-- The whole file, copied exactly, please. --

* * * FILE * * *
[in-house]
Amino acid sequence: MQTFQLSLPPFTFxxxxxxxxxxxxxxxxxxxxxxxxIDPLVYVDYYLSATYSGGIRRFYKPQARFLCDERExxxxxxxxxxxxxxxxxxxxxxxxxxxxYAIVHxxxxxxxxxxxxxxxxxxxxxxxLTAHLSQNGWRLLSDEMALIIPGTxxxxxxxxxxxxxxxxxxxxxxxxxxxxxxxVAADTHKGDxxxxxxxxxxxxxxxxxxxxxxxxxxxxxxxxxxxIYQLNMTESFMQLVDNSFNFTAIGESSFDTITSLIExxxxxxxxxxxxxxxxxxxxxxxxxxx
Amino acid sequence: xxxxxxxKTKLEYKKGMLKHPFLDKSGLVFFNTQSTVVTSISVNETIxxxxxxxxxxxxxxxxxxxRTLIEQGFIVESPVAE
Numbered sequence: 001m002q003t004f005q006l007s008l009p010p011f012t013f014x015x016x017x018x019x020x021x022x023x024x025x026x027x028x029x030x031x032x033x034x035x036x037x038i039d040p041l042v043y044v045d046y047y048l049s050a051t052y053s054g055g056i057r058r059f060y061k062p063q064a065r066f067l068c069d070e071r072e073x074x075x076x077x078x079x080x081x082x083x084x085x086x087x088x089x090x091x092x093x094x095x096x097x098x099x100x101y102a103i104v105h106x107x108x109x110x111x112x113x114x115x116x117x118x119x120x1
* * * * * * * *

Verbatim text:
[in-house]
Amino acid sequence: MQTFQLSLPPFTFxxxxxxxxxxxxxxxxxxxxxxxxIDPLVYVDYYLSATYSGGIRRFYKPQARFLCDERExxxxxxxxxxxxxxxxxxxxxxxxxxxxYAIVHxxxxxxxxxxxxxxxxxxxxxxxLTAHLSQNGWRLLSDEMALIIPGTxxxxxxxxxxxxxxxxxxxxxxxxxxxxxxxVAADTHKGDxxxxxxxxxxxxxxxxxxxxxxxxxxxxxxxxxxxIYQLNMTESFMQLVDNSFNFTAIGESSFDTITSLIExxxxxxxxxxxxxxxxxxxxxxxxxxx
Amino acid sequence: xxxxxxxKTKLEYKKGMLKHPFLDKSGLVFFNTQSTVVTSISVNETIxxxxxxxxxxxxxxxxxxxRTLIEQGFIVESPVAE
Numbered sequence: 001m002q003t004f005q006l007s008l009p010p011f012t013f014x015x016x017x018x019x020x021x022x023x024x025x026x027x028x029x030x031x032x033x034x035x036x037x038i039d040p041l042v043y044v045d046y047y048l049s050a051t052y053s054g055g056i057r058r059f060y061k062p063q064a065r066f067l068c069d070e071r072e073x074x075x076x077x078x079x080x081x082x083x084x085x086x087x088x089x090x091x092x093x094x095x096x097x098x099x100x101y102a103i104v105h106x107x108x109x110x111x112x113x114x115x116x117x118x119x120x1